Why do the terms we use to talk about refugees matter?
Language and naming are key to the construction of identity. The language we use to describe refugees impacts how we and society consider refugee issues, consciously or subconsciously. Through our language, we construct and reflect on refugee identity.
The psychologist Dr Kenneth Acha defines identity as one of the seven fundamental human needs. He notes the distinction between self-identity and social identity. Social identity refers to how you are perceived by others in society, and self-identity refers to how you view yourself. Social identity is often defined by characteristics you share with others, and self-identity by a sense of what sets you apart from others. The terms we use impact refugees’ social identity, and can infringe on their self-identity.
We must be aware of the full repercussions of the terms we use. ‘Refugee’ is a term with a specific and limited legal sense as well as its wider meaning, and this cannot be ignored. In turn, the term ‘migrant’ is unavoidably politicised.
The limitations of the legal definition of ‘refugee’
The status of ‘refugee’ is legally defined and protected in international law, under the UN’s 1951 Geneva Convention. This defines a refugee as someone who “owing to well-founded fear of being persecuted for reasons of race, religion, nationality, membership of a particular social group or political opinion, is outside the country of his nationality and is unable or, owing to such fear, is unwilling to avail himself of the protection of that country”.
This definition is proclaimed by UNHCR (the United Nations High Commissioner for Refugees) as “the most comprehensive codification of the rights of refugees at the international level”. However, it is limited and constraining.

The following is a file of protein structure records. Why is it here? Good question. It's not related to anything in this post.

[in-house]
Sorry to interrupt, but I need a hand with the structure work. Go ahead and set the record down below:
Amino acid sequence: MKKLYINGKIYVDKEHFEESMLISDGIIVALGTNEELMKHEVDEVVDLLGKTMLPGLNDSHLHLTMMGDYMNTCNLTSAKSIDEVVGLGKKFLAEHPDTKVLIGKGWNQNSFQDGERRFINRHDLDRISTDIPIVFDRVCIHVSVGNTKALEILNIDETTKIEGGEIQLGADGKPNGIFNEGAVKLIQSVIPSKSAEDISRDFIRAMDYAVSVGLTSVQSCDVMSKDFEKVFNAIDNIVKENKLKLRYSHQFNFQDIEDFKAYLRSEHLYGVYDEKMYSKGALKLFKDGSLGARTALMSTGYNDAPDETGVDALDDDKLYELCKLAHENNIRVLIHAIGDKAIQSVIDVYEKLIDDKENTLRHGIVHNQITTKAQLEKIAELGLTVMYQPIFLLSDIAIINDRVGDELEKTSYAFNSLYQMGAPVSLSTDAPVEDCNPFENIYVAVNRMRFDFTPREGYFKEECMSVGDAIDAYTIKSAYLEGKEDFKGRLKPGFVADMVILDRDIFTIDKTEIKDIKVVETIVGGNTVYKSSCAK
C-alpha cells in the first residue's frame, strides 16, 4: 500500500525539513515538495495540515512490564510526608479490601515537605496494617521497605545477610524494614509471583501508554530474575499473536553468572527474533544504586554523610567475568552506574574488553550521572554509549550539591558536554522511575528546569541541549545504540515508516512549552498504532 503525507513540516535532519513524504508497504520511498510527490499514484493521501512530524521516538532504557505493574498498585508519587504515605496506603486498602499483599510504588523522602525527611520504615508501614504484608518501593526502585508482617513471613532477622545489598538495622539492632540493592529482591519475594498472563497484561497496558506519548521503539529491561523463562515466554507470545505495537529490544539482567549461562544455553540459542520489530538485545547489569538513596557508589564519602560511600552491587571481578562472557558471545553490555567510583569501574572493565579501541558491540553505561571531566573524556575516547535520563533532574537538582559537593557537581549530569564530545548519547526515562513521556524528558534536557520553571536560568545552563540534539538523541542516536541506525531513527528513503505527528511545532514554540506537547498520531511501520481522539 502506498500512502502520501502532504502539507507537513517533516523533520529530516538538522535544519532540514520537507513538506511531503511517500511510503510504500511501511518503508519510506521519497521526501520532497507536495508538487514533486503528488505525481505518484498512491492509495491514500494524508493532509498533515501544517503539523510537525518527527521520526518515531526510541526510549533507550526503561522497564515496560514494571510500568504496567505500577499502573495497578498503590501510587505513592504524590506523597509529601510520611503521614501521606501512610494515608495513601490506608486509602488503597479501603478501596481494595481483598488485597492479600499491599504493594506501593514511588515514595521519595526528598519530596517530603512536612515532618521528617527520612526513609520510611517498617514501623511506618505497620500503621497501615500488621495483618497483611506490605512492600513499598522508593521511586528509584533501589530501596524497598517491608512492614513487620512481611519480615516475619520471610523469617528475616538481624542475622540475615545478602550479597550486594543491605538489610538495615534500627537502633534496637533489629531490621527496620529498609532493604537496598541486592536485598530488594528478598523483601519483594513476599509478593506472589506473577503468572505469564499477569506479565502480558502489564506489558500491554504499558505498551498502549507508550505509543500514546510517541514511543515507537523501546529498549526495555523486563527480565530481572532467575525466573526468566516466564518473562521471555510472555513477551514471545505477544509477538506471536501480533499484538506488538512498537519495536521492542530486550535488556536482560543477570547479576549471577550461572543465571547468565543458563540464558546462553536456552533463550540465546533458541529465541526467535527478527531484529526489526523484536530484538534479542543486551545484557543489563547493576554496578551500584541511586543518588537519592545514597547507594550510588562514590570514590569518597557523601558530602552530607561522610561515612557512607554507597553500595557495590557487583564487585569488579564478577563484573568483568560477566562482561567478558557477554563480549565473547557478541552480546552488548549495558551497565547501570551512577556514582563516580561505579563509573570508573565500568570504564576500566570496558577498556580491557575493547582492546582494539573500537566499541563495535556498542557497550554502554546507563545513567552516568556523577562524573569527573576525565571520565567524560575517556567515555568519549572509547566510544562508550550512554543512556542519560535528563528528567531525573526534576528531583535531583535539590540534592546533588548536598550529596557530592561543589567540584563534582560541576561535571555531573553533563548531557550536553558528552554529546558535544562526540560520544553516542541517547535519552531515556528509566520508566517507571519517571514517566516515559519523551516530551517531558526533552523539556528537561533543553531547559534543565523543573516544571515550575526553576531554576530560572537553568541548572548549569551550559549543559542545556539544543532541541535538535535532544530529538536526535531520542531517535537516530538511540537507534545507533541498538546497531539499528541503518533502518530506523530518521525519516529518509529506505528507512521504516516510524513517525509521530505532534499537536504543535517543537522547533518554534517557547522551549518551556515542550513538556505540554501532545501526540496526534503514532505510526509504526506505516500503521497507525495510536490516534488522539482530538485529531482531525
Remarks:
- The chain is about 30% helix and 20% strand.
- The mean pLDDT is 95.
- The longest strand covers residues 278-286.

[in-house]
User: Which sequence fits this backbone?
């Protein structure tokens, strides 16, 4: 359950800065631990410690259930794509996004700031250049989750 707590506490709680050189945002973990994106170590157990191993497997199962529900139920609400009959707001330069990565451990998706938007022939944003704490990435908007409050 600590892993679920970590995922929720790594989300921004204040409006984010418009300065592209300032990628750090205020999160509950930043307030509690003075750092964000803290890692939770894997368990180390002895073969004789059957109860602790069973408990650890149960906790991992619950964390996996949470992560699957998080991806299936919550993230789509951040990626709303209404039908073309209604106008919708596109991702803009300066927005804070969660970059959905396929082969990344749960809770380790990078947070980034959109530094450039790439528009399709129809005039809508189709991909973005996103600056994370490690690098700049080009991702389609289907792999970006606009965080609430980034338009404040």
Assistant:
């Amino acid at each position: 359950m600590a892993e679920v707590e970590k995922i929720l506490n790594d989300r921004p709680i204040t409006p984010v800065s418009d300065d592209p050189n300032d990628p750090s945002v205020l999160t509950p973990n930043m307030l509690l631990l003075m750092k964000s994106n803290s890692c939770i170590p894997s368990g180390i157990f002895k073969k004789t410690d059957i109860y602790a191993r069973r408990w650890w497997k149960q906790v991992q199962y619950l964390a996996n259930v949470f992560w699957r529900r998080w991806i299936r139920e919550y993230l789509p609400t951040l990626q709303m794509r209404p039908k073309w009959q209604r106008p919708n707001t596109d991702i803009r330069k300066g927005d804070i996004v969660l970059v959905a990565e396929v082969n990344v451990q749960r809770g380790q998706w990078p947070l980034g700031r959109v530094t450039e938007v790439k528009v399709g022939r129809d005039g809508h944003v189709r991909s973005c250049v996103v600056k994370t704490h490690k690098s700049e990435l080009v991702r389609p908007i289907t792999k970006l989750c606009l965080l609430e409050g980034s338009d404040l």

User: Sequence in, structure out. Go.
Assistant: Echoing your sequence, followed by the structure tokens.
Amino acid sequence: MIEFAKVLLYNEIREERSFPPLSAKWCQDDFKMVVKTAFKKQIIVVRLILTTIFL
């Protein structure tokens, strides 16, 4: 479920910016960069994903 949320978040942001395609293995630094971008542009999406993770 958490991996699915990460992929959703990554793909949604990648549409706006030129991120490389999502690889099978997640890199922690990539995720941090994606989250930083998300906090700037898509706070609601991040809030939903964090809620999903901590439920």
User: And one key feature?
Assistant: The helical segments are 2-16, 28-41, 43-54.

The first issue is the notion of persecution. As Migration Collective notes, this excludes victims of war, violence, climate change, human rights violations, and poverty. Climate change is forcing more and more people to flee their homes, but these so-called ‘climate refugees’ are not legally refugees, due to the limited definition.
Acknowledging this limitation, in 2011, UNHCR expanded its definition to include people forced from their country “owing to serious and indiscriminate threats to life, physical integrity or freedom resulting from generalized violence or events seriously disturbing public order”. However, this expanded sense is not legally binding, or part of the legal definition of ‘refugee’.
This definition also requires refugees to have left their home country. This fact excludes huge numbers of internally displaced people (IDPs). In mid-2021, UNHCR estimated that of 84 million forcibly displaced people worldwide, 48 million were IDPs, while 26.6 million were refugees. By 11th March 2022, a staggering 1.85 million of the 4.2 million Ukrainians forcibly displaced by war with Russia were internally displaced. While UNHCR does provide some aid and protection for such IDPs, the limitations of the ‘refugee’ definition mean that they are not eligible for the same levels of legal protection.
Moreover, the legal status of refugee is only granted by claiming asylum, which is often a difficult and prolonged process. In the UK, most asylum-seekers do not have the right to work while awaiting the result of their claim, a process which can take years. To be applicable for the protection outlined in the 1951 Convention, refugees also have to be registered with UNHCR. As Zetter warns, the bureaucratic nature of this definition dehumanises its subjects. He states, “a story is thus reformed into a case, a category”.
The legal status of ‘refugee’ is one inextricably linked with bureaucracy, not humanity. We need terms that acknowledge refugees’ existence beyond this label.
The tricky territory of the term ‘migrant’
Unlike the term ‘refugee’, ‘migrant’ is not a term defined under international law. The most widely used definition is the UN’s definition of a long-term international migrant: “A person who moves to a country other than that of his or her usual residence for a period of at least one year, so that the country of destination effectively becomes his or her new country of usual residence.” This can be for any reason: tourism, job, education, or (like refugees) forcible displacement. All that ‘migrant’ means, essentially, is someone who moves - permanently, temporarily, voluntarily, or forced.